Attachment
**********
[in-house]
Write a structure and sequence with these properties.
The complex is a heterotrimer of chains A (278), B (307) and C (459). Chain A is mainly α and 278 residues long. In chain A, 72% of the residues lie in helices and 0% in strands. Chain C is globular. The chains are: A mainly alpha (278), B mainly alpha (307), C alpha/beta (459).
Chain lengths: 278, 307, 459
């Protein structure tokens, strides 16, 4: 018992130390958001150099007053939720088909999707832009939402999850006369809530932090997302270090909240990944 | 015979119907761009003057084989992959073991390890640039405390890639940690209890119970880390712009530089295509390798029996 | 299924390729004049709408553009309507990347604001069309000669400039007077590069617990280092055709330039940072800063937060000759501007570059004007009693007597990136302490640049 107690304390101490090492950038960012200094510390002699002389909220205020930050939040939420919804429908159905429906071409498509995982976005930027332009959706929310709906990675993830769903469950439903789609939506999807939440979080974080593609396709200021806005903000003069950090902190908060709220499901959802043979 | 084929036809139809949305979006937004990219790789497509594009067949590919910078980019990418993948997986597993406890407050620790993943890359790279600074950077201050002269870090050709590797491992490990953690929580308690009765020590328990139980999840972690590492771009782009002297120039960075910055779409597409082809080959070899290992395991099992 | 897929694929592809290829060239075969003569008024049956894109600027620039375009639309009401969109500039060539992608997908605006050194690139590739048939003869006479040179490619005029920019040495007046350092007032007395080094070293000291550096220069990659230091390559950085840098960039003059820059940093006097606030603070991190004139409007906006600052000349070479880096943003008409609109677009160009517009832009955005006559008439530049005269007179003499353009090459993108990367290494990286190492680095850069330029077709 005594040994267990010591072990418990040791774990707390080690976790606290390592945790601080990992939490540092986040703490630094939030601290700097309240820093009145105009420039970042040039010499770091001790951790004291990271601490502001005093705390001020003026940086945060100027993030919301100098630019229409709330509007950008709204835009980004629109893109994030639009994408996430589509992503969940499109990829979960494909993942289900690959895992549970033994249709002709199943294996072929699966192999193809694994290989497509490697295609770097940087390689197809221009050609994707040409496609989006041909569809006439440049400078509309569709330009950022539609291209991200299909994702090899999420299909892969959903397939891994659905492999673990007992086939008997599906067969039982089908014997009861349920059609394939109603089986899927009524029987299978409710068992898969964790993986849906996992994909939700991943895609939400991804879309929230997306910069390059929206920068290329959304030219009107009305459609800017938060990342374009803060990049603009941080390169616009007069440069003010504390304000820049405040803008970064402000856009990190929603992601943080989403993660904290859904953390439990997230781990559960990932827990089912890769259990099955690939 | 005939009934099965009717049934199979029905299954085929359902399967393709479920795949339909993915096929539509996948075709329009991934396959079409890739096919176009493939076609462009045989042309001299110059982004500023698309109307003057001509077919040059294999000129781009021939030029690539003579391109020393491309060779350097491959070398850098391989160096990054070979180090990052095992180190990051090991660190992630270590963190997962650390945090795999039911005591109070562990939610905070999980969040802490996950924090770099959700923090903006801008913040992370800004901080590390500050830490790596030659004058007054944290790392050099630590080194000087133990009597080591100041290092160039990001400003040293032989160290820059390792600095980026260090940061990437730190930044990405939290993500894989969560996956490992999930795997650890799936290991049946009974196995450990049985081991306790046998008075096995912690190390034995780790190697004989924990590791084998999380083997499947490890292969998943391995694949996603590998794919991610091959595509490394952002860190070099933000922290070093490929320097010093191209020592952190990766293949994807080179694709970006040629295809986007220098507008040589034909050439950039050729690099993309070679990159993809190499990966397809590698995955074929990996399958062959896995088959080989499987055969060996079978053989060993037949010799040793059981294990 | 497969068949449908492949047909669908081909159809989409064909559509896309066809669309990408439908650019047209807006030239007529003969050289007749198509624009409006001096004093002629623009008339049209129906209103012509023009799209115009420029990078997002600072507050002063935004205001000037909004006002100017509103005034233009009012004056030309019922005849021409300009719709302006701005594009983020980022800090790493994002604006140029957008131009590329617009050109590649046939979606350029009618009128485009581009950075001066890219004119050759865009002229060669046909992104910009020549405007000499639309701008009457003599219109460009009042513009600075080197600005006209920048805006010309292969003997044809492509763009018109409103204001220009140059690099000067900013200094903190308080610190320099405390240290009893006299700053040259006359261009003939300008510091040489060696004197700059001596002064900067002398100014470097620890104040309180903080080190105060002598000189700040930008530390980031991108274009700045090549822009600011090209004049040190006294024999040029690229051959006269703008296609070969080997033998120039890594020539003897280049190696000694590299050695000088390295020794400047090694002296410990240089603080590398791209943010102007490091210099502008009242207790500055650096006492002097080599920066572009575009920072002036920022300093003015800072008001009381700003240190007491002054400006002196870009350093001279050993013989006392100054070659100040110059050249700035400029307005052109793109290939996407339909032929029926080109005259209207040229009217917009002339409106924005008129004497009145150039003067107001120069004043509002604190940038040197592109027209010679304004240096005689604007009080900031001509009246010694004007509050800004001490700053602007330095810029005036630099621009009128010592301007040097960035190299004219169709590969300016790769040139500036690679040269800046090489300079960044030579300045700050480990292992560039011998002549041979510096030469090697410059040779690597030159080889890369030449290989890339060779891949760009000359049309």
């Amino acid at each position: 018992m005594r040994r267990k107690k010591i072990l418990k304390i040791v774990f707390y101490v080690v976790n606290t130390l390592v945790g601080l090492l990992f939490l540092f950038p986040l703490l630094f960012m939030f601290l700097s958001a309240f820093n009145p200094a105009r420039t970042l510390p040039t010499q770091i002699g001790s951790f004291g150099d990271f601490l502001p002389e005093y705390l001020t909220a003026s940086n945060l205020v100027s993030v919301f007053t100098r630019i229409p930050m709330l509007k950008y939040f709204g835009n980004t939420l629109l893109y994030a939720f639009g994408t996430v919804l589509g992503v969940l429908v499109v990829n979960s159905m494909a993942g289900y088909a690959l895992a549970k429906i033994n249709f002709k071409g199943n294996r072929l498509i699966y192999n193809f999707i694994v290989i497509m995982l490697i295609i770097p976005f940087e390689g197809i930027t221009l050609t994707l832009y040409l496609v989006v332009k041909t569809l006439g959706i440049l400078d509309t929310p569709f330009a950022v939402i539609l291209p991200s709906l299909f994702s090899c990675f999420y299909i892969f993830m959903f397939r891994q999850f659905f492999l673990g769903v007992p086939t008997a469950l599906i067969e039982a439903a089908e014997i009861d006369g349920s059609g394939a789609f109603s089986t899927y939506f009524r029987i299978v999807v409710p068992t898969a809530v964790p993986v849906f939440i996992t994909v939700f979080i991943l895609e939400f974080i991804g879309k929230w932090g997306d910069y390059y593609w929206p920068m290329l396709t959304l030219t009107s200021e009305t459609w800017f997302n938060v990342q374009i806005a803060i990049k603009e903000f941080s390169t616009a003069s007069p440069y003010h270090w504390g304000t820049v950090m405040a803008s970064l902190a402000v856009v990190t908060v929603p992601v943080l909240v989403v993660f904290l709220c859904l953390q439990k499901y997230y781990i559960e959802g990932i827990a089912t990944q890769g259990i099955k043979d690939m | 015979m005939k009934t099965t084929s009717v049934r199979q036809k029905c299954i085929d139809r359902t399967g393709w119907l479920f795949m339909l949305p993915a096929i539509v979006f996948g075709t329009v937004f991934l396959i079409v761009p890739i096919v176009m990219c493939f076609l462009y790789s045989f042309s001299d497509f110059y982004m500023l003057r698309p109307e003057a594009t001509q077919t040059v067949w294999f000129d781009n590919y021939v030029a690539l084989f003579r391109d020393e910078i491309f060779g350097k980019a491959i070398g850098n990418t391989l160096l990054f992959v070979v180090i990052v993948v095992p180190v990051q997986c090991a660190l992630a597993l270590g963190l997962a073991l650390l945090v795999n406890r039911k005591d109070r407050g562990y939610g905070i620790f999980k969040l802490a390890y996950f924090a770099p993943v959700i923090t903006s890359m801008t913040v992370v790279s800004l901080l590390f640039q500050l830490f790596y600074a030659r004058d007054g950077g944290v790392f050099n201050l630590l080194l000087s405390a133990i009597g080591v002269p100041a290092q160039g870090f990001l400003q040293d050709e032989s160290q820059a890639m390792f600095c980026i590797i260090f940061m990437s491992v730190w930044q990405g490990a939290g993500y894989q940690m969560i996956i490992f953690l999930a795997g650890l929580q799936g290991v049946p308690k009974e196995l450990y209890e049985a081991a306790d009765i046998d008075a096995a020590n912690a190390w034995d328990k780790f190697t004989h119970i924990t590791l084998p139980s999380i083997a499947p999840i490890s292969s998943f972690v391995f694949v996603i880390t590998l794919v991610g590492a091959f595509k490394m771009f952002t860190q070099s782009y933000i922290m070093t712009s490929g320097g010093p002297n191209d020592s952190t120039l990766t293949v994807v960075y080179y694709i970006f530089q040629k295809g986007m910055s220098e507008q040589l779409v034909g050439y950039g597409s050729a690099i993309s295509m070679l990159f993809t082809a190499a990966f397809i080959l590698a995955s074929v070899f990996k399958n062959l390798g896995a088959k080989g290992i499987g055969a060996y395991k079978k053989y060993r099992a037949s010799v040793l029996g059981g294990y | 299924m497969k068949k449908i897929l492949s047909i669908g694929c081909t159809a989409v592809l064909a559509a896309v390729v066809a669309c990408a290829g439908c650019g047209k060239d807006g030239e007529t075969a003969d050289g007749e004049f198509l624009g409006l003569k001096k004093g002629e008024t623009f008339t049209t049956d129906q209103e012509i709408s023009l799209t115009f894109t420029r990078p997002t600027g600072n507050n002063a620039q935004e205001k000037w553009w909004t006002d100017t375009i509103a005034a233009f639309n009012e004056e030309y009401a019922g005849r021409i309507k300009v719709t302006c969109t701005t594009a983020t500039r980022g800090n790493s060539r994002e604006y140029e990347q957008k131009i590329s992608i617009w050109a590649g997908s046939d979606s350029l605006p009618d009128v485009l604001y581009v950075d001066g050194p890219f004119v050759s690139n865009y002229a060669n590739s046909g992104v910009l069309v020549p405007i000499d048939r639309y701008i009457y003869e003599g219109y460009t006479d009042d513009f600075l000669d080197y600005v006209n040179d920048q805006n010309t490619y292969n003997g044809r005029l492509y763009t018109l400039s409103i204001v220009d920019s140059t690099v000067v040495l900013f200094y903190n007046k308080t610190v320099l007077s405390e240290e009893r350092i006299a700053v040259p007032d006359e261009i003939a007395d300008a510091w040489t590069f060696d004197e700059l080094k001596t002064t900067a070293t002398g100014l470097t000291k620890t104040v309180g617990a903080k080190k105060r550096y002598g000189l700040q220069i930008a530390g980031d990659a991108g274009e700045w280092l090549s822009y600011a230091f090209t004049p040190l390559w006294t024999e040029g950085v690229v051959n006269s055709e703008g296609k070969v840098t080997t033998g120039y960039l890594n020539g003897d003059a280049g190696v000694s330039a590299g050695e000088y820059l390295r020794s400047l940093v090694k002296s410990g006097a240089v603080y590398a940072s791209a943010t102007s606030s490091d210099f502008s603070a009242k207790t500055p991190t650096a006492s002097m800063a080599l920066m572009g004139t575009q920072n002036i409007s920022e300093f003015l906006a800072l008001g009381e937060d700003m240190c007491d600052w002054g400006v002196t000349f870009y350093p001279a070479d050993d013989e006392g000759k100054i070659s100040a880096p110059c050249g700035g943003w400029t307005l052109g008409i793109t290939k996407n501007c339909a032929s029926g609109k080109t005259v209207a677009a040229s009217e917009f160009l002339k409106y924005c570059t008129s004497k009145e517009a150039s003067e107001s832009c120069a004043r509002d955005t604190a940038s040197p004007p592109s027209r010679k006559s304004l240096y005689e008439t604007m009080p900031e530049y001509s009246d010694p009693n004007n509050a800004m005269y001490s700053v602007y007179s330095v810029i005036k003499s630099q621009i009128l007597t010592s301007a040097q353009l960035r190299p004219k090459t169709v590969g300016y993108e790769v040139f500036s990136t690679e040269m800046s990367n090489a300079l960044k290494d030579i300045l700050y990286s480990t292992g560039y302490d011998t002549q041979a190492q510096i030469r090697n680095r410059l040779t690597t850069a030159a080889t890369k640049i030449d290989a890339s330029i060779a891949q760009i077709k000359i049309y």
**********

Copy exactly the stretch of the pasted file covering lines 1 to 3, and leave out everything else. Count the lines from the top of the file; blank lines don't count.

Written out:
[in-house]
Write a structure and sequence with these properties.
The complex is a heterotrimer of chains A (278), B (307) and C (459). Chain A is mainly α and 278 residues long. In chain A, 72% of the residues lie in helices and 0% in strands. Chain C is globular. The chains are: A mainly alpha (278), B mainly alpha (307), C alpha/beta (459).